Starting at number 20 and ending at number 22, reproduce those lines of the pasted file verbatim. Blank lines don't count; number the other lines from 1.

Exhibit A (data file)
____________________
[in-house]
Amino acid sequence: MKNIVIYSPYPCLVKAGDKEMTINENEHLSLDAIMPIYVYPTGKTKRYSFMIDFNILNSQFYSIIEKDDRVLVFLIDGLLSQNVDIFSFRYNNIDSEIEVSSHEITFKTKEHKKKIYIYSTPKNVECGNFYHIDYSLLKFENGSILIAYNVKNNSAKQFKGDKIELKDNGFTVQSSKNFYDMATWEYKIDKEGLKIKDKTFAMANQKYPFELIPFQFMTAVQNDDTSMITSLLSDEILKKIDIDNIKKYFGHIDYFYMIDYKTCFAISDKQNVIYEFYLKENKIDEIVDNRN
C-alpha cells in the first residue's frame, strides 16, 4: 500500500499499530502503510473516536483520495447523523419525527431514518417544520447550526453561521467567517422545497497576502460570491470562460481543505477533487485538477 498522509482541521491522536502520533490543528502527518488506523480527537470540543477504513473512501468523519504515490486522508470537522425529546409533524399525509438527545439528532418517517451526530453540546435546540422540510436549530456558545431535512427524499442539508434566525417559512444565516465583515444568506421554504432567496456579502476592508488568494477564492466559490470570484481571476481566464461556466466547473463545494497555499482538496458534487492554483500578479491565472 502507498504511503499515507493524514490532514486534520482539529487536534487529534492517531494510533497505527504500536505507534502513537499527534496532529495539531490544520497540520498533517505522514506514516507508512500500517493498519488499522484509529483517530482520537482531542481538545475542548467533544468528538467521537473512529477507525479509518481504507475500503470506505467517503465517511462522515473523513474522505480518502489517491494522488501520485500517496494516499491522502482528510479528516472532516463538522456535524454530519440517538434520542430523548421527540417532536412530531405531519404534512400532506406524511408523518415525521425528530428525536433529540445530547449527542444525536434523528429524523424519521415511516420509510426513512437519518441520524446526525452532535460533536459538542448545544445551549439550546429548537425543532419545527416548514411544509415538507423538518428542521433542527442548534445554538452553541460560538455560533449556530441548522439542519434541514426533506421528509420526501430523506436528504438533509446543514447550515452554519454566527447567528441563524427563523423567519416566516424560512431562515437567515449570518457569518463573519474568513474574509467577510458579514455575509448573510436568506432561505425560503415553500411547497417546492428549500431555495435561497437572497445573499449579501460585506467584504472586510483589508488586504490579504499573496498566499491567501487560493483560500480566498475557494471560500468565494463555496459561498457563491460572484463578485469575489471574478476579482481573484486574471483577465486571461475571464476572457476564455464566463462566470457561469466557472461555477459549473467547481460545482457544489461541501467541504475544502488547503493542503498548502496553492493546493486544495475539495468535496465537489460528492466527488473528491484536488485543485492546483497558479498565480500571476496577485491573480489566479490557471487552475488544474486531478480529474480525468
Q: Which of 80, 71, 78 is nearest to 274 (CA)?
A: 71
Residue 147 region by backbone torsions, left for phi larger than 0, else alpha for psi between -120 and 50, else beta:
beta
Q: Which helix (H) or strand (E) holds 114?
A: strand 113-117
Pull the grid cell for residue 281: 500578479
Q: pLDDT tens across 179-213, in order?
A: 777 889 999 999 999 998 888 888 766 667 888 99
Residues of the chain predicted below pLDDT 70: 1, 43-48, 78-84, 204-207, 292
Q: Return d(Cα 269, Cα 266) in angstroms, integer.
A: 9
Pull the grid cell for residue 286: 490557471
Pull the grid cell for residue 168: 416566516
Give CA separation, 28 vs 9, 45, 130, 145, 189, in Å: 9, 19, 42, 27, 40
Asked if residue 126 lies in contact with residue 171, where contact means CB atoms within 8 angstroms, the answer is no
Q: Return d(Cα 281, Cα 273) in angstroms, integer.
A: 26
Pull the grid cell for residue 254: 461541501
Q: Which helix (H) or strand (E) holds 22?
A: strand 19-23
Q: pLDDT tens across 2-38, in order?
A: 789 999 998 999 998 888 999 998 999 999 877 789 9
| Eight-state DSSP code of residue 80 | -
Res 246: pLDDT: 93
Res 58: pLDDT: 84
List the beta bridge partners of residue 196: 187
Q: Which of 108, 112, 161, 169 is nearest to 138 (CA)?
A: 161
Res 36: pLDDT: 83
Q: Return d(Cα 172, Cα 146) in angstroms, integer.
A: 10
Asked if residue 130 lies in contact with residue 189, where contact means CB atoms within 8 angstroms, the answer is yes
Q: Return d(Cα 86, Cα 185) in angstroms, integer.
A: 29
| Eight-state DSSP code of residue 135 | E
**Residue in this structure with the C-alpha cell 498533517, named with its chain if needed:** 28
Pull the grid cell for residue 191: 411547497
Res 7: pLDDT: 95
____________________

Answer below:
Q: Return d(Cα 281, Cα 273) in angstroms, integer.
A: 26
Pull the grid cell for residue 254: 461541501